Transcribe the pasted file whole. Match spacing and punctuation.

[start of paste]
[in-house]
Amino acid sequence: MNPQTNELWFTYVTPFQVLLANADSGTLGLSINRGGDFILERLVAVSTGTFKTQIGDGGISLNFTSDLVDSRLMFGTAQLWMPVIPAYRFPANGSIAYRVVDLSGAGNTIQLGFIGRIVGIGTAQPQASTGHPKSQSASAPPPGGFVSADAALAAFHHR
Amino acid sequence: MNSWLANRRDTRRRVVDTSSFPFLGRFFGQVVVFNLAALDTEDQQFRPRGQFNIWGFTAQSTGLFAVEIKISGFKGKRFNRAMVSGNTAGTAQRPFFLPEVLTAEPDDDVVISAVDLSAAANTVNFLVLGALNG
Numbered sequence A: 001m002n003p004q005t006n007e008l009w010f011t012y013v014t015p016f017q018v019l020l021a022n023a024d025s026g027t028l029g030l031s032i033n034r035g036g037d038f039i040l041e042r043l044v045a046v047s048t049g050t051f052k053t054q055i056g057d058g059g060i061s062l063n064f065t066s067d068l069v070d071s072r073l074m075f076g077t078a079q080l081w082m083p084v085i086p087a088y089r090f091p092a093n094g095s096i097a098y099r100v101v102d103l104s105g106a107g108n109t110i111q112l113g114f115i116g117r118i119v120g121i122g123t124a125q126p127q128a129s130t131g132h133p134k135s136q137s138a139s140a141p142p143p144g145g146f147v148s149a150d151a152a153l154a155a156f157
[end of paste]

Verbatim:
[in-house]
Amino acid sequence: MNPQTNELWFTYVTPFQVLLANADSGTLGLSINRGGDFILERLVAVSTGTFKTQIGDGGISLNFTSDLVDSRLMFGTAQLWMPVIPAYRFPANGSIAYRVVDLSGAGNTIQLGFIGRIVGIGTAQPQASTGHPKSQSASAPPPGGFVSADAALAAFHHR
Amino acid sequence: MNSWLANRRDTRRRVVDTSSFPFLGRFFGQVVVFNLAALDTEDQQFRPRGQFNIWGFTAQSTGLFAVEIKISGFKGKRFNRAMVSGNTAGTAQRPFFLPEVLTAEPDDDVVISAVDLSAAANTVNFLVLGALNG
Numbered sequence A: 001m002n003p004q005t006n007e008l009w010f011t012y013v014t015p016f017q018v019l020l021a022n023a024d025s026g027t028l029g030l031s032i033n034r035g036g037d038f039i040l041e042r043l044v045a046v047s048t049g050t051f052k053t054q055i056g057d058g059g060i061s062l063n064f065t066s067d068l069v070d071s072r073l074m075f076g077t078a079q080l081w082m083p084v085i086p087a088y089r090f091p092a093n094g095s096i097a098y099r100v101v102d103l104s105g106a107g108n109t110i111q112l113g114f115i116g117r118i119v120g121i122g123t124a125q126p127q128a129s130t131g132h133p134k135s136q137s138a139s140a141p142p143p144g145g146f147v148s149a150d151a152a153l154a155a156f157